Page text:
The Reckoning (2003 film)
Theatrical release poster
|Directed by||Paul McGuigan|
|Produced by||Caroline Wood|
|Screenplay by||Mark Mills|
|Based on||Morality Play
by Barry Unsworth
|Music by||Adrian Lee
|Edited by||Andrew Hulme|
M.D.A. Films S.L.
|Distributed by||Columbia TriStar Films
Entertainment Film Distributors
Paramount Pictures Corporation
The Reckoning is a 2003 British-Spanish murder mystery drama film directed by Paul McGuigan and starring Paul Bettany, Willem Dafoe, Tom Hardy, Gina McKee, Brian Cox and Vincent Cassel. It was written by Mark Mills and based on the 1995 novel Morality Play by Barry Unsworth. Filming was done on location in Spain, Wales and England.
The story, which is set during the medieval period in England, alludes to the evolution of the theatre arts from what was strictly Biblical morality plays in the period to dramas based on real or non-Biblical fictional subjects.
In 1380 England, a priest, Nicholas (Bettany), flees his village when found in flagrante delicto with a married woman. During flight he comes upon witnesses a group that unknown to Nicholas has euthanized a member to give relief from his long recurring internal pain. He becomes known to the group and is captured. The group is a travelling acting troupe who think he is a robber and they explain the killing. Reluctantly, they allow him to join their troupe to replace the member killed. On their journey to the next town they are forced to travel to a new district after a collapsed bridge stops them taking their normal route and to mend the cart that carries their goods although they have no money. The troupe reach a strange town with castle under reconstruction and find a woman being sentenced to death for killing a boy upon the testimony of a Benedictine Monk (Ewen Bremner). The troupe perform a biblical passion play, but, as told by the group's leader Martin (Willem Dafoe), so few attend they are unable to bury the dead troupe member and fix their cart.
Martin makes the decision to perform a new play based on the events surrounding the child murder. He and Nicholas visit the condemned mute woman in the dungeons coming away with the strong belief she is innocent. The woman is portrayed a seductress which infuriates the crowd and the parents of the dead boy since he was virtuous and too physically strong to be overtaken by the woman. Norman Lord de Guise (Vincent Cassel) watches from the castle and sends the sheriff to clear the square by force. Crowds people on leaving the square tell the troupe about more details of the death or disappearance of boys.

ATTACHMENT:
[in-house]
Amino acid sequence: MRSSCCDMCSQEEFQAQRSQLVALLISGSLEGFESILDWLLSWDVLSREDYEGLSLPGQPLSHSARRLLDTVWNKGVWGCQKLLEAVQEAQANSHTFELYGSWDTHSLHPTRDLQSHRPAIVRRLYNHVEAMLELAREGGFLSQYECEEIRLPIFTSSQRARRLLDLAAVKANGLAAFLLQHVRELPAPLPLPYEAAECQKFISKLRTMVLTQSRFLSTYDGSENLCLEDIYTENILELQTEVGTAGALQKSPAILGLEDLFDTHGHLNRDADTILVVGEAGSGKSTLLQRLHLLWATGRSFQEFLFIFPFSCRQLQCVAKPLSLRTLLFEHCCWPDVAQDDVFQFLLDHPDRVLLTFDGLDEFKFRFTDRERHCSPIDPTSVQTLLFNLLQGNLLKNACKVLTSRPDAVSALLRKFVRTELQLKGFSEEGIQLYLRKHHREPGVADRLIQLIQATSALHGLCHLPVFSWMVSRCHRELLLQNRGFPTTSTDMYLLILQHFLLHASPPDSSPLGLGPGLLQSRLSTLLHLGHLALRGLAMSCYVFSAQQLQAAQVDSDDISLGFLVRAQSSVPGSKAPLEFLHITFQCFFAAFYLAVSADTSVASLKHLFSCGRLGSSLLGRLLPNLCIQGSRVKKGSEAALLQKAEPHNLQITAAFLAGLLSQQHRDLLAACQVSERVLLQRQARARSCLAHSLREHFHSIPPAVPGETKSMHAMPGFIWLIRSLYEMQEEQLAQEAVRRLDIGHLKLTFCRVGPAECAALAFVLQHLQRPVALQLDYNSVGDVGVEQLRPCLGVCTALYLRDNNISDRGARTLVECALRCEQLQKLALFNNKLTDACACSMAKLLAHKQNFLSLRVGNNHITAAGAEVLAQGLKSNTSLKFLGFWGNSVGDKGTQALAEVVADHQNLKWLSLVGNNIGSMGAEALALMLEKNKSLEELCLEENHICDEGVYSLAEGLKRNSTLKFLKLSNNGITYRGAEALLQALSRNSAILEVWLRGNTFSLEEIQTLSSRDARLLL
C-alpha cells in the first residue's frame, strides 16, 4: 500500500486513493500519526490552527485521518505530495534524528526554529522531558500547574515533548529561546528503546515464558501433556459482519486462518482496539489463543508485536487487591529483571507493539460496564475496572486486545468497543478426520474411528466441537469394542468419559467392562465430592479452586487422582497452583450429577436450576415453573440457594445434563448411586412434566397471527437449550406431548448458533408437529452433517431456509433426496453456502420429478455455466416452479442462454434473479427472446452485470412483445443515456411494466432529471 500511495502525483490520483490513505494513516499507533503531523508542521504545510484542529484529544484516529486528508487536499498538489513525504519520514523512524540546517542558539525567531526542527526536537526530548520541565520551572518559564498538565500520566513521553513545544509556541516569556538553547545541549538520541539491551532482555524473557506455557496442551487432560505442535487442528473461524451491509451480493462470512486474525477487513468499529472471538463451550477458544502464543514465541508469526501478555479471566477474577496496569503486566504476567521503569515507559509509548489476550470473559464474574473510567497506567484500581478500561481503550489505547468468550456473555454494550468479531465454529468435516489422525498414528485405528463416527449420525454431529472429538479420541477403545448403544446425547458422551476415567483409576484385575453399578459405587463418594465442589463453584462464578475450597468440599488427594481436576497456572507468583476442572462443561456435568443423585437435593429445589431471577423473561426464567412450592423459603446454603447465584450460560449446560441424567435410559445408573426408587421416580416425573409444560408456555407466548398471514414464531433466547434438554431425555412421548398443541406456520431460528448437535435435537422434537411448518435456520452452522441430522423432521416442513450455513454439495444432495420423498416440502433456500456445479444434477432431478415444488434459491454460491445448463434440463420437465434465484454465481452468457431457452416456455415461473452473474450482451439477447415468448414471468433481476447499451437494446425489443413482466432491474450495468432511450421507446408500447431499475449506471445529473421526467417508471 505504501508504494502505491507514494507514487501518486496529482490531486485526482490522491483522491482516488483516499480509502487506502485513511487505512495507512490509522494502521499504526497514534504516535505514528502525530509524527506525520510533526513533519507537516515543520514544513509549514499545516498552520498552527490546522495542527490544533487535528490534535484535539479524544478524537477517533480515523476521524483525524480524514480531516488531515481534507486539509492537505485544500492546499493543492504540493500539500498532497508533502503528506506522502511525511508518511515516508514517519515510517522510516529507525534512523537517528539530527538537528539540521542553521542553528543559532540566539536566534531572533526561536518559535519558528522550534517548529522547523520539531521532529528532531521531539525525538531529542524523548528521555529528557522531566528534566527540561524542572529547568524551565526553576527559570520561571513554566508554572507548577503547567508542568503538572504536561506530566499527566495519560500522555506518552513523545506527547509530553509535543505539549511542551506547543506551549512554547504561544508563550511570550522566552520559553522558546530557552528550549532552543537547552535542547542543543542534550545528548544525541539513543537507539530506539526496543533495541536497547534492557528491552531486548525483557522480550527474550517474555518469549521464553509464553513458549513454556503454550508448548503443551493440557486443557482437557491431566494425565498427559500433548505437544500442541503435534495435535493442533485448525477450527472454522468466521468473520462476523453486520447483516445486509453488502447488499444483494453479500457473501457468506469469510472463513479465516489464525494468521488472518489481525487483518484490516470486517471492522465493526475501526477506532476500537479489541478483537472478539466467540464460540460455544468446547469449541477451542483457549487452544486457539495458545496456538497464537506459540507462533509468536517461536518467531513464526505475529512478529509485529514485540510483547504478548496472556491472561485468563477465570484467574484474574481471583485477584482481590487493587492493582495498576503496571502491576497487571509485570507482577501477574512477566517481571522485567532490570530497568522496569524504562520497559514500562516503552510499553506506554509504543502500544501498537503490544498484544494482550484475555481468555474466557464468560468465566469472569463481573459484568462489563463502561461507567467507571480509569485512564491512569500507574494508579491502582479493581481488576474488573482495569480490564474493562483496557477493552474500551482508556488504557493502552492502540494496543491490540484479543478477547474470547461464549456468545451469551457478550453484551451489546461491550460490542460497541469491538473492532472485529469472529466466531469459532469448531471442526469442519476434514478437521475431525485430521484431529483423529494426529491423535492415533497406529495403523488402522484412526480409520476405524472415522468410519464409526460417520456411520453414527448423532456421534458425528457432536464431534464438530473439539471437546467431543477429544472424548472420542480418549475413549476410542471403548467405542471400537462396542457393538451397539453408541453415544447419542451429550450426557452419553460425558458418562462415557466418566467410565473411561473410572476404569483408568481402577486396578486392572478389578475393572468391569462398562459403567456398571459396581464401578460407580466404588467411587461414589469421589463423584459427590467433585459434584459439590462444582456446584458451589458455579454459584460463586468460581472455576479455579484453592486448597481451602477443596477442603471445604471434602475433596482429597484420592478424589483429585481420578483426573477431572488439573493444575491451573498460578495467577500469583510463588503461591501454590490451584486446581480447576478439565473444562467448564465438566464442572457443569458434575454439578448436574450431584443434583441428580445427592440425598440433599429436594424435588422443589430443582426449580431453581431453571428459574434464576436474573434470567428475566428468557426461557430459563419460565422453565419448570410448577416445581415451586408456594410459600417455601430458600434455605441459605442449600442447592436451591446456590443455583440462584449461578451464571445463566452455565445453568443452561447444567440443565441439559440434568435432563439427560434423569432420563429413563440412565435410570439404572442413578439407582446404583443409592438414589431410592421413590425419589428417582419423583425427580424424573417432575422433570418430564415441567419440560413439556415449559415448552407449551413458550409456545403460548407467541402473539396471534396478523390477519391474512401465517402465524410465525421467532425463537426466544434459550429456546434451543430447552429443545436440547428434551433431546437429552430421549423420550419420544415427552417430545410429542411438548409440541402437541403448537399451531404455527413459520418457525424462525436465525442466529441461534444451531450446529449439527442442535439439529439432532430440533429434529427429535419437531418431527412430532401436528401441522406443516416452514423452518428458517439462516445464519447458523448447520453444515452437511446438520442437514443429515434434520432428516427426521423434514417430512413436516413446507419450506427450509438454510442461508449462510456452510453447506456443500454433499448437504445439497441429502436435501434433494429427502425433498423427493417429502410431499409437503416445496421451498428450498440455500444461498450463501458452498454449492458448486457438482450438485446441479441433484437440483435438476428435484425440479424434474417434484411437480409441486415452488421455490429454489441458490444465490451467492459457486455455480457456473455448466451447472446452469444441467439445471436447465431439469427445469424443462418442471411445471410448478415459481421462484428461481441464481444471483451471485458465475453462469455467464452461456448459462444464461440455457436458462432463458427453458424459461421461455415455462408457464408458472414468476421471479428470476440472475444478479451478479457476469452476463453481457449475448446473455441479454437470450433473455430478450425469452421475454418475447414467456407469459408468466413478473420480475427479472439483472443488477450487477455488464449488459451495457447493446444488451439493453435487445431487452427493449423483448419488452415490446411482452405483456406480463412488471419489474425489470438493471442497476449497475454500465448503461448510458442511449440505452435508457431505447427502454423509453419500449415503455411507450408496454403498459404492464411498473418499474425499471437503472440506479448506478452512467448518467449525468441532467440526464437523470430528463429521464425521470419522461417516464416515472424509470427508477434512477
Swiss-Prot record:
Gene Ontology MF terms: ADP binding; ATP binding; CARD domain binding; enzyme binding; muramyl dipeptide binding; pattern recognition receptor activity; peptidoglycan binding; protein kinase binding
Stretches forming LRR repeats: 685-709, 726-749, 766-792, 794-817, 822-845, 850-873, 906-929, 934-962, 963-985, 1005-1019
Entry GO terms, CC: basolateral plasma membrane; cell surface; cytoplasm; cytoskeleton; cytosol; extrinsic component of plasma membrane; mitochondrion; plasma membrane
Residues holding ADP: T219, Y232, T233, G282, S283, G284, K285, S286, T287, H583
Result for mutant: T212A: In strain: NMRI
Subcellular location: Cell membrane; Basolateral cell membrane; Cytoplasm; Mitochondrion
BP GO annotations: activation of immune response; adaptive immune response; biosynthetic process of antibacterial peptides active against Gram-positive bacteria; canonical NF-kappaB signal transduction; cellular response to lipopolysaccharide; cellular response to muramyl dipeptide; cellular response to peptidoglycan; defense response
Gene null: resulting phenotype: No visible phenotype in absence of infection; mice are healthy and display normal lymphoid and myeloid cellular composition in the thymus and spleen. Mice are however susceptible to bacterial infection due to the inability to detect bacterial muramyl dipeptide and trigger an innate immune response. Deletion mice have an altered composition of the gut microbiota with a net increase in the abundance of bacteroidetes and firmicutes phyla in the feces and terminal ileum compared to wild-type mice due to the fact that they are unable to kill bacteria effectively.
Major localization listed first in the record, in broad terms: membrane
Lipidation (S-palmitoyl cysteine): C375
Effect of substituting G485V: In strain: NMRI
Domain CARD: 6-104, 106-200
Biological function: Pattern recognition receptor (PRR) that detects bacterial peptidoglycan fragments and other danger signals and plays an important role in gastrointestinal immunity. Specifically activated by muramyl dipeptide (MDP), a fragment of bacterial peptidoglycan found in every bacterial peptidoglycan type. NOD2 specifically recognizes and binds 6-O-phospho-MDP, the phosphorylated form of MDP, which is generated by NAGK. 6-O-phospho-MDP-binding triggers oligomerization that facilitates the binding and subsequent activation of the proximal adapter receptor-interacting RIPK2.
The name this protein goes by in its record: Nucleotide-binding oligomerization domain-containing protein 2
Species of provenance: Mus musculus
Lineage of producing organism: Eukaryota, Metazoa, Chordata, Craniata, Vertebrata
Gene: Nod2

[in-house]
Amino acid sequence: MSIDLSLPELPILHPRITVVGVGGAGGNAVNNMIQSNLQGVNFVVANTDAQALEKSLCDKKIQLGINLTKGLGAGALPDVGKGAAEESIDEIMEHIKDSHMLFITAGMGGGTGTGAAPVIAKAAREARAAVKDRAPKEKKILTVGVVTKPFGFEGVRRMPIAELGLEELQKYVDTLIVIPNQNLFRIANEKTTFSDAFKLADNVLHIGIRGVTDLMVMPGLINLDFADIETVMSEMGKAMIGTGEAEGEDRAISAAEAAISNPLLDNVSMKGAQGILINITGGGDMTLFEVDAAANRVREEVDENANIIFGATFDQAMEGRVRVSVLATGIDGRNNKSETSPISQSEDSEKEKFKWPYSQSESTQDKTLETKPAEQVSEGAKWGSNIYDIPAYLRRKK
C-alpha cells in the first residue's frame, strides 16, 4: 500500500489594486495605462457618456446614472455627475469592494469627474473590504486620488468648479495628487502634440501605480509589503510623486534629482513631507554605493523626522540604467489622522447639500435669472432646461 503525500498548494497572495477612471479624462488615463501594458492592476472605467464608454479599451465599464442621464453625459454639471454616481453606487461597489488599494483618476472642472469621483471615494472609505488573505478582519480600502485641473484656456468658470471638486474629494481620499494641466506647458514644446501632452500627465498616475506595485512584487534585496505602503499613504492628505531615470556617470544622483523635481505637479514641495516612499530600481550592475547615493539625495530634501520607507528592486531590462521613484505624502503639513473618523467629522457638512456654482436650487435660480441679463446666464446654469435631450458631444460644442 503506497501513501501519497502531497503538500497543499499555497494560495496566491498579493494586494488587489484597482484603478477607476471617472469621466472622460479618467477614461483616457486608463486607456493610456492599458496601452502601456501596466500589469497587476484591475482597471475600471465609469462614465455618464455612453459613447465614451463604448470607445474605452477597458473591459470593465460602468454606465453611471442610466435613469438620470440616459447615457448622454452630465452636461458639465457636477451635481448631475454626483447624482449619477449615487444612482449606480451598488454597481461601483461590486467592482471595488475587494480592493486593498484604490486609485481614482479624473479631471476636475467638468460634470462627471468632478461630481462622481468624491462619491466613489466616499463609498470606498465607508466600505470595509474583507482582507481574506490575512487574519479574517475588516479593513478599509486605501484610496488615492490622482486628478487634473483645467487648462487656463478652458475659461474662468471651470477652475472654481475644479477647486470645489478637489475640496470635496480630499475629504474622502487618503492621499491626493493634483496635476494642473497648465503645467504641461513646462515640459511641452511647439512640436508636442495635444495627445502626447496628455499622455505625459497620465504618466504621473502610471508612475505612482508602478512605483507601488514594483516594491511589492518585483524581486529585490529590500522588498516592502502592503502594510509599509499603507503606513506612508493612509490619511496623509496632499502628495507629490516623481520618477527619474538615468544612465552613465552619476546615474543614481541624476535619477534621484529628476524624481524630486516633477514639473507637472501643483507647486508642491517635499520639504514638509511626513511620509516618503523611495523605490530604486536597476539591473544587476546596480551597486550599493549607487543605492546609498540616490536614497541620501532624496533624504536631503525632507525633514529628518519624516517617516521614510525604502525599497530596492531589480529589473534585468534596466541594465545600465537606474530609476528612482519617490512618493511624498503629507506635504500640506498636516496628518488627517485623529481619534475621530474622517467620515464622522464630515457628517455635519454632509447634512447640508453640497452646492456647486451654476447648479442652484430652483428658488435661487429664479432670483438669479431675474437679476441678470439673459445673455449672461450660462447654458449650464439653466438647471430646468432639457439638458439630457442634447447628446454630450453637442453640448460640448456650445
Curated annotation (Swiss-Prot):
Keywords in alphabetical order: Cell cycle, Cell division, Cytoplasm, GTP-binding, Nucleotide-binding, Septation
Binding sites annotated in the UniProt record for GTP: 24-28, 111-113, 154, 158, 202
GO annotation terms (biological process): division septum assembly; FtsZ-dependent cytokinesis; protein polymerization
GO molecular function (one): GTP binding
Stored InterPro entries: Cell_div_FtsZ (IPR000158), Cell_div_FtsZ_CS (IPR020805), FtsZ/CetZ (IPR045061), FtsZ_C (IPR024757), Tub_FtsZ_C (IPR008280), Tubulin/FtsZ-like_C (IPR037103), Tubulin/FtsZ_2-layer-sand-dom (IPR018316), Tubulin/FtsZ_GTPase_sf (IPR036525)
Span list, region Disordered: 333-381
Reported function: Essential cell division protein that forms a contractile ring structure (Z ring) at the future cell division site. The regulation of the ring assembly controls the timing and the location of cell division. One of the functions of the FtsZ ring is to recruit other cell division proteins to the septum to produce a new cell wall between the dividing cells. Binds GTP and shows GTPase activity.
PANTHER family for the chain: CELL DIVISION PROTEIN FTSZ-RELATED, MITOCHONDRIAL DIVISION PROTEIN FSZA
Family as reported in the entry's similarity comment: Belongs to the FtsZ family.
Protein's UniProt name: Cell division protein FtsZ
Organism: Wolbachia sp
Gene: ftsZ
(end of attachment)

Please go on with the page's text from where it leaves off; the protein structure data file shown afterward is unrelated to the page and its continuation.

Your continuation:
The troupe is told to leave town by first light but Nicholas's convictions urge him to first hand determine what happened to the boy. So in the night the body is uncovered and it is found subjected to violated before death as well as having been exposed to the plague. the King's Justice and his squire come upon Nicholas and they share some of their suspicions. Nicholas is then forced to leave town but before long returns under disguise as a monk. The troupe remains on their journey to Durham but Martin relinquishes his role as troupe leader and returns.
Nicholas is aware of the transitions in death from limber to rigor and return. He visits the monk who testified at trial to say all that he is aware. The monk reveals he had nothing to do with the death, intimating he is protecting someone else. Nicholas leaves and is found by Martin. The two of them then learn from the King's Justice that the monk has been found dead, and with it, any chance evidence concerning de Guise proclivity and also is planning a revolt to seize the English throne.
The sheriff reveals that it seems that wherever de Guise goes, boys disappear. Nicholas then obtains more evidence to prove that the woman is not the real killer (the body was found with rigor mortis, which meant the killing was more recent). The execution is set but before it can be carried out the troupe has returned and seized the scaffold as stage for their new play based on the most recent information. The crowd is incensed toward de Guise and the guards are called out again to clear the town square forcing the actors to the church and unknown to them, de Guise is there performing an act of penitence.
Nicholas presents the evidence to de Guise who admits everything with an air of invulnerability knowing that he is untouchable under the feudal system. Then when he learns he has been exposed to the plague he stabs Nicholas who stumbles outside the church. De Guise walks back to his castle through the throng of townsfolk unaware of the plot of the new play. He reaches the gate to find the portcullis down, is trapped and the crowd ready to lynch him before they set fire to the castle.
It is hoped by the authorities in town the reason for the deaths will be forgotten and work of Nicholas will be told to the king but Martin advises the sheriff that Nicholas will live on in their new play when they reach Durham.
- Paul Bettany ... Nicholas
- Willem Dafoe ... Martin
- Brian Cox ... Tobias
- Gina McKee ... Sarah
- Simon McBurney ... Stephen
- Tom Hardy ... Straw
- Stuart Wells ... Springer (as George Wells)
- Vincent Cassel ... Lord De Guise, a character with strong similarities to Gilles de Rais, a real 15th-century serial child killer (who Cassel portrayed in the 1999 film The Messenger)
- Ewen Bremner ... Simon Damian
- Mark Benton ... Sheriff
- Hamish McColl ... Innkeeper
- Matthew Macfadyen ... King's Justice
- Marián Aguilera ... Nicholas' lover
- Trevor Steedman ... The cuckold husband
The film was shot on location in a variety of locations including Almería and Rodalquilar in Andalucía, Spain. Castle interiors were completed at Hedingham Castle, in Essex, England. With additional filming for the travelling sequences shot in mid Wales.
- The Reckoning at the Internet Movie Database
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